Thursday, 27 November 2014

Andrew Mitchell and 'Plebs'

Andrew Mitchell probably called the police 'plebs'. This is according to Mr Justice Mitting.

It is a shame it has cost £2 million to find this out because I told you over a year ago.

Change the world

Wednesday, 19 November 2014

GP Appointments

I have to share this wonderful story that I heard two days ago and relates to my last blog entry on the NHS. Bear in mind that this story is third-hand but I bet it resonates with many.

A lady went to the GP surgery and asked for an appointment. She was told that the surgery only accepts telephone appointments and was asked if she had her mobile phone with her. She did. It was switched off because the signs told her to switch it off. She was advised to go outside to phone the surgery. She did and spoke to the receptionist who had given the advice.

This is a story that would make a good comedy sketch. I didn't hear what happened next but for any comedy sketch writers the conclusion could be that there were no appointments left for that day and she could be asked to phone back the following day.

Change the world

Tuesday, 11 November 2014

NHS: The best in the world?

I have had three conversations in three days that are all linked. Three days ago I was chatting about the NHS and the person with whom I was speaking agreed that it is not popular to criticise the NHS. It is seen as the best provider of health care in the world, looks after us from cradle to grave and is free at the point of access. My point was that the NHS is great if your experience is great but the opposite is also true, and I have heard and read about many bad examples of care.

Just yesterday I was speaking with a mother who was concerned about her daughter who had moved to another county. She had informed all the relevant authorities that she was moving and had even asked for evidence from some of them that they were aware of her change of address due to previous bad experiences. Needless to say things had gone wrong again. Her daughter has a chronic condition which is obvious to even the most casual observer. There is no doubt that treatment is necessary but she was told that there was a question of funding for her treatment.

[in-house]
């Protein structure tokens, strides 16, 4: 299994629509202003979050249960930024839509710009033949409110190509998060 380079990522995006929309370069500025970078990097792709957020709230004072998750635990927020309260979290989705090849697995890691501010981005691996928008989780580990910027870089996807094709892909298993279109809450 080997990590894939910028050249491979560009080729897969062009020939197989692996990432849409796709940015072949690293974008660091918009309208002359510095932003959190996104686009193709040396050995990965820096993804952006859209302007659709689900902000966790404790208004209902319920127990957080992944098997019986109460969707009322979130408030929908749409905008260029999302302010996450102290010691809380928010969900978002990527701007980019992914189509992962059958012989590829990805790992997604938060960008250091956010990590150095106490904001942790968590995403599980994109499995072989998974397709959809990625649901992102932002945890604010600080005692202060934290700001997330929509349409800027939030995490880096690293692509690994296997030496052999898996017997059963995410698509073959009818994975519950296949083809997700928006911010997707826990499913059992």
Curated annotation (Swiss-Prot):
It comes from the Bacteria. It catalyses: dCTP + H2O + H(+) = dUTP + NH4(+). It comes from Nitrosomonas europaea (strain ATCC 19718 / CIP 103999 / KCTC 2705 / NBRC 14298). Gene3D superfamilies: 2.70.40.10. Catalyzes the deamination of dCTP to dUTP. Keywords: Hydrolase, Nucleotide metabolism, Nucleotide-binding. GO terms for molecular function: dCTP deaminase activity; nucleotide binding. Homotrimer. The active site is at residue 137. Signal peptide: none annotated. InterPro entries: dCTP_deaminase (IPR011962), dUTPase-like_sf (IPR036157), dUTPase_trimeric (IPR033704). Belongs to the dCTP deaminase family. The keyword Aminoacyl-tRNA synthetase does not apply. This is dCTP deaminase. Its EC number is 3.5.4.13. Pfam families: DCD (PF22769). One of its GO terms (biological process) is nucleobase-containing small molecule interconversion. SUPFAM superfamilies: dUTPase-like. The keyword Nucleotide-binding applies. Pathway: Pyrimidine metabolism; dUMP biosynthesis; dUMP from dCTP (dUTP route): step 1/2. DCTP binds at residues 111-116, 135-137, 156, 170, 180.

The treatment is essential. Someone has to pay for it but she was now being told that there was a doubt over funding. Why had she even heard this comment? It had raised her stress levels on top of her medical condition. It also raised the stress levels of her mother, and this is from a service which has 'national' in its title.

My third conversation was earlier today and I was speaking with a doctor. I didn't know he was a doctor at the time but it came into the conversation because he was talking about someone who had been injured and gone to hospital. We also spoke about how maternity procedures had changed in twenty years. When my children were born it was common for mother and baby to stay in hospital six days. Now it is not even a day. This may be seen as a great improvement in efficiency and if this is true then it also makes you consider how inefficient things were not so long ago.